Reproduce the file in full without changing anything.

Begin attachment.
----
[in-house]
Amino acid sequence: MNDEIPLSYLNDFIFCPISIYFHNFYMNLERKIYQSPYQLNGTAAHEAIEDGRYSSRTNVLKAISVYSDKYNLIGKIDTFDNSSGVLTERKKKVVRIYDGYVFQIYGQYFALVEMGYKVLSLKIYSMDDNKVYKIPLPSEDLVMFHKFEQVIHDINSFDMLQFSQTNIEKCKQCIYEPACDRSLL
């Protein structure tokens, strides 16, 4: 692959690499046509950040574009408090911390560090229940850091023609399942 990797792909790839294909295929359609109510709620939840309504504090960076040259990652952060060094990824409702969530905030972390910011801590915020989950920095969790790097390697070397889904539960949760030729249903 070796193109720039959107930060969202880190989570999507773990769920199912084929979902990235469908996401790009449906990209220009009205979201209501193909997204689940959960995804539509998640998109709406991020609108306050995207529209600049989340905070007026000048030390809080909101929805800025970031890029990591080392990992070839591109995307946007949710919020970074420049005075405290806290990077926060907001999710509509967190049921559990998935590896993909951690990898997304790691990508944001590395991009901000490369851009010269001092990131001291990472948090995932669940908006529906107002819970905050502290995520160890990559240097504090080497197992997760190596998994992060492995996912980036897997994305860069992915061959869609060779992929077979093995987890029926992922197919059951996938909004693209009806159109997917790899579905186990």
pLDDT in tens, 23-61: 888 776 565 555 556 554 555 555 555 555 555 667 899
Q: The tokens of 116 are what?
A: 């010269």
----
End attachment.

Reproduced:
[in-house]
Amino acid sequence: MNDEIPLSYLNDFIFCPISIYFHNFYMNLERKIYQSPYQLNGTAAHEAIEDGRYSSRTNVLKAISVYSDKYNLIGKIDTFDNSSGVLTERKKKVVRIYDGYVFQIYGQYFALVEMGYKVLSLKIYSMDDNKVYKIPLPSEDLVMFHKFEQVIHDINSFDMLQFSQTNIEKCKQCIYEPACDRSLL
């Protein structure tokens, strides 16, 4: 692959690499046509950040574009408090911390560090229940850091023609399942 990797792909790839294909295929359609109510709620939840309504504090960076040259990652952060060094990824409702969530905030972390910011801590915020989950920095969790790097390697070397889904539960949760030729249903 070796193109720039959107930060969202880190989570999507773990769920199912084929979902990235469908996401790009449906990209220009009205979201209501193909997204689940959960995804539509998640998109709406991020609108306050995207529209600049989340905070007026000048030390809080909101929805800025970031890029990591080392990992070839591109995307946007949710919020970074420049005075405290806290990077926060907001999710509509967190049921559990998935590896993909951690990898997304790691990508944001590395991009901000490369851009010269001092990131001291990472948090995932669940908006529906107002819970905050502290995520160890990559240097504090080497197992997760190596998994992060492995996912980036897997994305860069992915061959869609060779992929077979093995987890029926992922197919059951996938909004693209009806159109997917790899579905186990």
pLDDT in tens, 23-61: 888 776 565 555 556 554 555 555 555 555 555 667 899
Q: The tokens of 116 are what?
A: 């010269």